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George Clooney Explains the Challenges of Adapting Catch-22 for Hulu

How they approached turning Joseph Heller's classic novel into a Hulu miniseries

Sadie Gennis

Catch-22 is one of the most celebrated novels of all time, but in the 58 years since it was released, Joseph Heller's book had only been adapted for screen once, for Mike Nichols' 1970 film of the same name, until now. Hulu's upcoming adaptation, executive-produced, directed by and starring George Clooney, takes Heller's satirical novel about World War II and transforms it into a six-episode miniseries for the streaming service.

The novel's unique style -- in which events are repeatedly described from different points of view in a circular, non-chronological fashion -- presented co-writers and executive producers Luke Davies and David Michôd with a unique challenge, which they tackled by first unweaving the various character arcs to create a linear narrative.

"I spent nine months in a room just trying to work out what happened in the novel in order," Davies recalled during a panel at the Television Critics Association winter press tour on Monday. "So the first task was just to work out the events. And the second thing was to try and write it with truth and loyalty to the source material but to allow both ... the darkness and the hilarity to stand on their own."

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As a result, Davies and Michôd took all the characters and stories from the novel and centered them around the anchor of Yossarian (Christopher Abbott), a U.S. Air Force bombardier who would like nothing more than to avoid all of his military assignments but finds himself trapped by bureaucracy.

"We really hope that we protect the kaleidoscopic madness of the novel, but the show really flows through Chris' perspective, Yossarian's perspective," Davies said. "The world is chaos around him, but we honed in on Yossarian's character. The novel does do that too, but the novel jumps all over the place and spends a lot of time with other characters at different times. But there's barely a single scene in the entire six hours in which Chris is either not in it or very close by."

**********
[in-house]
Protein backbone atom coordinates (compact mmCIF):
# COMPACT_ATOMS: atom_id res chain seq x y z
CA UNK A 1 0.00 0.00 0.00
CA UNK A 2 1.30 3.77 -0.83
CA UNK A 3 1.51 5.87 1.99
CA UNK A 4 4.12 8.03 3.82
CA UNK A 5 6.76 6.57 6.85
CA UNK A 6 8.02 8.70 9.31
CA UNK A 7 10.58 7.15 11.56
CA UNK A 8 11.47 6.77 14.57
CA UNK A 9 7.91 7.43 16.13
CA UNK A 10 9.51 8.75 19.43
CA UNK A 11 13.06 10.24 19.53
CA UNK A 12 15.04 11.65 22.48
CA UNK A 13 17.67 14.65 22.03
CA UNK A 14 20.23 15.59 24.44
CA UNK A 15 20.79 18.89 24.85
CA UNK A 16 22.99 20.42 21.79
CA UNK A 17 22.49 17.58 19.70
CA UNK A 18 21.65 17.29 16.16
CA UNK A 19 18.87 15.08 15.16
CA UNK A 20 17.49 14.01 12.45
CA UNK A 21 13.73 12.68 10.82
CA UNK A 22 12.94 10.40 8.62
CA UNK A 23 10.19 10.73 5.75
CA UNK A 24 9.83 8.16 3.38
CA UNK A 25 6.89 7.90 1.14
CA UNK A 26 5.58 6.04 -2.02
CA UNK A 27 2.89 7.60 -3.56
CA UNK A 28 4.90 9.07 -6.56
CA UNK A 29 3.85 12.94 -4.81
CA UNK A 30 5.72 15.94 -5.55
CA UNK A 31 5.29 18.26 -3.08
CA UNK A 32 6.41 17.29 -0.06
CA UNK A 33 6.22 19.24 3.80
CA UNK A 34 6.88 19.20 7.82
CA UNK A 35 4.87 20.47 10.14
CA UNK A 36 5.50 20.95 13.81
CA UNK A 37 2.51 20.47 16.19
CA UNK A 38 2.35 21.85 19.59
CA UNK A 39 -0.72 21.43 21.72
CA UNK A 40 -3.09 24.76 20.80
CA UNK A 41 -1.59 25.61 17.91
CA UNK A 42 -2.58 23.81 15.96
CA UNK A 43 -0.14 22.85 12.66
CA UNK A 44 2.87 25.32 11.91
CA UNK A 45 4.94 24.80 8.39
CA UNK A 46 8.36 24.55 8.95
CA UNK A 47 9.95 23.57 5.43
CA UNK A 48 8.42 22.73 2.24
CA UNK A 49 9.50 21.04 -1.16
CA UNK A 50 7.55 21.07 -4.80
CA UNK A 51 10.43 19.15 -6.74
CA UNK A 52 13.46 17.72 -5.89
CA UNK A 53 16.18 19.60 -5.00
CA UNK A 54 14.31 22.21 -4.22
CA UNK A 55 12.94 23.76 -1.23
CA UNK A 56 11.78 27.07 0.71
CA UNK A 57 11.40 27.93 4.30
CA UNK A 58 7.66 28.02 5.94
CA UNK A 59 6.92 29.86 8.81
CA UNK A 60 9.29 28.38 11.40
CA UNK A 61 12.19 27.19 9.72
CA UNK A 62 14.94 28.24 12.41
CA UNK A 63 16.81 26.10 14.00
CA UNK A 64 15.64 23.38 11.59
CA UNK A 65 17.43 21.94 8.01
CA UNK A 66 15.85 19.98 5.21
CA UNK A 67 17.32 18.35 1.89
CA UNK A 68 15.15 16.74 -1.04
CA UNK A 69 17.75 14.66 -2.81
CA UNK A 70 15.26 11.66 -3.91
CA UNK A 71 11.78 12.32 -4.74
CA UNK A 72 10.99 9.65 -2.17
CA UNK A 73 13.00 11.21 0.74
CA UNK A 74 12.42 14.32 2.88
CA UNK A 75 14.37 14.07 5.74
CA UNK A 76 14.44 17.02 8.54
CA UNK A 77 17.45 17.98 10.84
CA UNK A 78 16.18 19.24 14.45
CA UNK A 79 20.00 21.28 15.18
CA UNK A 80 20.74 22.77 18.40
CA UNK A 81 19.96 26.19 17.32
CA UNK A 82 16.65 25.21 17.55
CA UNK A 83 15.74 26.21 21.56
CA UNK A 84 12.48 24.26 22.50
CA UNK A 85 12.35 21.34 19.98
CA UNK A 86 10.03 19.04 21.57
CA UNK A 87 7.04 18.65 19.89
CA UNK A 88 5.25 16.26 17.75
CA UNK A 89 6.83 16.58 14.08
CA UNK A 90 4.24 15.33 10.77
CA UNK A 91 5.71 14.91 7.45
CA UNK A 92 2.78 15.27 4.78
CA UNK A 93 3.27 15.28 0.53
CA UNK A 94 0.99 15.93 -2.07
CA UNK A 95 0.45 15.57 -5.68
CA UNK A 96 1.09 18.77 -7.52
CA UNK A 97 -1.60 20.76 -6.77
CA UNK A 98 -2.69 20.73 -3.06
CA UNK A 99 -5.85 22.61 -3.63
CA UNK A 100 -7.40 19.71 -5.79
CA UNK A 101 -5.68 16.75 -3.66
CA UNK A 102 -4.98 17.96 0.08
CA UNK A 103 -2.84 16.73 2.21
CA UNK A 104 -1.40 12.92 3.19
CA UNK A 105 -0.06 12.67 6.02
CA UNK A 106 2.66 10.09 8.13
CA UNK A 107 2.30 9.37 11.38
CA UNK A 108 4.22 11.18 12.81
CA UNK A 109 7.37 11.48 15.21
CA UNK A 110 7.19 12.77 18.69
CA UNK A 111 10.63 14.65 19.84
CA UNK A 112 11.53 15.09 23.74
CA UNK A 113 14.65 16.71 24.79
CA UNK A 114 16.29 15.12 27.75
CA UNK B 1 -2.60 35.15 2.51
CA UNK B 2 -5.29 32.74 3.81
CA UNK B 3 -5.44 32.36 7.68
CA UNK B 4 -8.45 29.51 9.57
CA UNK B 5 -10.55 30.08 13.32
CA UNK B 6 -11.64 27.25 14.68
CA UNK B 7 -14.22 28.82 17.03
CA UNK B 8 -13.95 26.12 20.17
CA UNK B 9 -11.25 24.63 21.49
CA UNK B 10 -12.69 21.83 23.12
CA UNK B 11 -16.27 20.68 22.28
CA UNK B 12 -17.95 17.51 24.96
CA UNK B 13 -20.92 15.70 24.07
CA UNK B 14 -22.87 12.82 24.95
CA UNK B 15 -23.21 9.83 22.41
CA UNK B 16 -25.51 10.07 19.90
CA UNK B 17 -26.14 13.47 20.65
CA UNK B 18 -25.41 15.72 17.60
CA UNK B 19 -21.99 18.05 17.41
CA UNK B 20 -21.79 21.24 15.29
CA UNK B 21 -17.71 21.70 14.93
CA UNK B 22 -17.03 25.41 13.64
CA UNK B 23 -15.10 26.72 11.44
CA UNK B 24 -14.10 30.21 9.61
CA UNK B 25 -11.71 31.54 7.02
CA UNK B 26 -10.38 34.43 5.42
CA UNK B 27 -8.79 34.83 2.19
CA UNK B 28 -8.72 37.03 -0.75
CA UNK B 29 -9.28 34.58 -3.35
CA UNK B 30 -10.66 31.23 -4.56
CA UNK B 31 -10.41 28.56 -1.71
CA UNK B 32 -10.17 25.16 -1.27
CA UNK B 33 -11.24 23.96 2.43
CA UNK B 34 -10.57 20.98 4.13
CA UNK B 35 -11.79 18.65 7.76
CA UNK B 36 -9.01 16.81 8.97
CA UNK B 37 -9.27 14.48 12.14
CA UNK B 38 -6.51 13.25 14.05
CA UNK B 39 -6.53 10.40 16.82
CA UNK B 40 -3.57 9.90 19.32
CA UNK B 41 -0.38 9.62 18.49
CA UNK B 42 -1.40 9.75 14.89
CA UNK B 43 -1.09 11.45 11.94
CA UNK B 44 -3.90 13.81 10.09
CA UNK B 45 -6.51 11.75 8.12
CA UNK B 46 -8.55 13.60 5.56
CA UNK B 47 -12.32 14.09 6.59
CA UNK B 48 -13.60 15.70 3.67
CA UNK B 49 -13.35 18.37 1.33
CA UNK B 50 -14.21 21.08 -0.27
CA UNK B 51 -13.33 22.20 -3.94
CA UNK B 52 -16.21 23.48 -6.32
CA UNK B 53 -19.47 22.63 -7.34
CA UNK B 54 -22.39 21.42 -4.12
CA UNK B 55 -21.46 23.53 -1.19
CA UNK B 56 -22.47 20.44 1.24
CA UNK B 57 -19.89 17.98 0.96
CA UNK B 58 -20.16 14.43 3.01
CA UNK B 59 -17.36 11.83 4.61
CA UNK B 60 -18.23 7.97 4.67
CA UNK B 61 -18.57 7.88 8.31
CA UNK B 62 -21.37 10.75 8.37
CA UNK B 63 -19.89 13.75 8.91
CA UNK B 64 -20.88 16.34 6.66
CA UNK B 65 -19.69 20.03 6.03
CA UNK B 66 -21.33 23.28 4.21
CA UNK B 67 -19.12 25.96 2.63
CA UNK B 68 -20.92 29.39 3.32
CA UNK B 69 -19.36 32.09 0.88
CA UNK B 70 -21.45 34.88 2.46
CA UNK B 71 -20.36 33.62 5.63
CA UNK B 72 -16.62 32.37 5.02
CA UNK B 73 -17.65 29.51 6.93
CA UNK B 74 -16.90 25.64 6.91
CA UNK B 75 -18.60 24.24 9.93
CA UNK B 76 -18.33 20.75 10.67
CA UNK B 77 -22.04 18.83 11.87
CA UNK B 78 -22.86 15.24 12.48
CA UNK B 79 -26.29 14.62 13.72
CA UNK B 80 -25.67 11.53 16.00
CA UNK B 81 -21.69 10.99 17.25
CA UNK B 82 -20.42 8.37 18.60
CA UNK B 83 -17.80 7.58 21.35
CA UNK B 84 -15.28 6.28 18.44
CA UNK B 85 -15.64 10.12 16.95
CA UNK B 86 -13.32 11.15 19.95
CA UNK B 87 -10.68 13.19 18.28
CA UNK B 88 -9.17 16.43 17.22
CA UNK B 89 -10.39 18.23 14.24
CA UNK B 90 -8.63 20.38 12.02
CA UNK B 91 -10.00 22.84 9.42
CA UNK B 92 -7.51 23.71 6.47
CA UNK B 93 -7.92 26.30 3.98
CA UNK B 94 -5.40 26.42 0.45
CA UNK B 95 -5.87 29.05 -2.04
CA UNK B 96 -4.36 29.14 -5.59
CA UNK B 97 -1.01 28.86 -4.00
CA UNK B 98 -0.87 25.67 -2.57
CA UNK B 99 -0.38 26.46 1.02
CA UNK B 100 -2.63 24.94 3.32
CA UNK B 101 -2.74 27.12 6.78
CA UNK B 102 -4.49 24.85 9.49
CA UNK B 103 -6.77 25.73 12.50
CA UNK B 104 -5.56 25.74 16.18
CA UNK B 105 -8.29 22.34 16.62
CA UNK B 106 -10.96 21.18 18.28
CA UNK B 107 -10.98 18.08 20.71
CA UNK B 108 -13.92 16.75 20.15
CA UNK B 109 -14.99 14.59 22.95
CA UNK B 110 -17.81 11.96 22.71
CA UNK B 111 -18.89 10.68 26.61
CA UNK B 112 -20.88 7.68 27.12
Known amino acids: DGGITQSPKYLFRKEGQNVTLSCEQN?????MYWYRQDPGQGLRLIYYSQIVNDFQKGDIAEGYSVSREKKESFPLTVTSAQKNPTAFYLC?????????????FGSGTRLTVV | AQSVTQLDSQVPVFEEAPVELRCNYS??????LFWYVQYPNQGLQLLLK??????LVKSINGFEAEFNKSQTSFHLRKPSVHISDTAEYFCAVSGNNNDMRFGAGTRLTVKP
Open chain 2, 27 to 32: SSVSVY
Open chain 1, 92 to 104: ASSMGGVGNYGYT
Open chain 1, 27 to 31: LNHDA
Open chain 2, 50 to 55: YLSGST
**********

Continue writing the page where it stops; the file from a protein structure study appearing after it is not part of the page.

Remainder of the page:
Davies and Michôd's strategic approach to the adaptation is what brought an initially dubious Clooney on board to the project. The star admitted he was initially reluctant to join the series out of doubt it could live up to the source material, but that once he read the first three scripts he couldn't wait to sign on.

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"I think David and Luke did an amazing job of unspooling these characters," said Clooney, who has a supporting role as Scheisskopf in addition to his behind-the-scenes duties. "Because when you do a movie, as you know, you don't really have enough time to get to know these characters. And that's why you do this as a television show, because you get to spend time with the characters. And they just figured out a way to interpret it in a way that we didn't think was really possible. I think that's why we got on board."

The producing team also noted that now was a perfect time for Catch-22 to return to the public conversation, as its blend of horror and hilarity seems as relevant to the current cultural climate as it did when it was published in the 1960s.

"I think we all wake up every morning these days in this kind of shared global anxiety condition and this novel is a beautiful distillation, or a prophetic distillation of that anxiety condition," Davies said. "This is like the origin story of this anxiety condition. And I loved it ever since I was 16, and suddenly there was this thought of what if I found the way of cracking the code of that novel and unraveling it and finding out what the chronology is ... I love the film, don't get me wrong, but the film just re-creates the kaleidoscopic madness of the novel, which is held tightly in a very literary sense by Joseph Heller. What we did was unfold the chronology so that all the characters had actual emotional journeys from beginning to end."

Catch-22 premieres Sunday, May 17 on Hulu.

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George Clooney, Christopher Abbott, Pico Alexander, Catch-22
Philipe Antonello / Hulu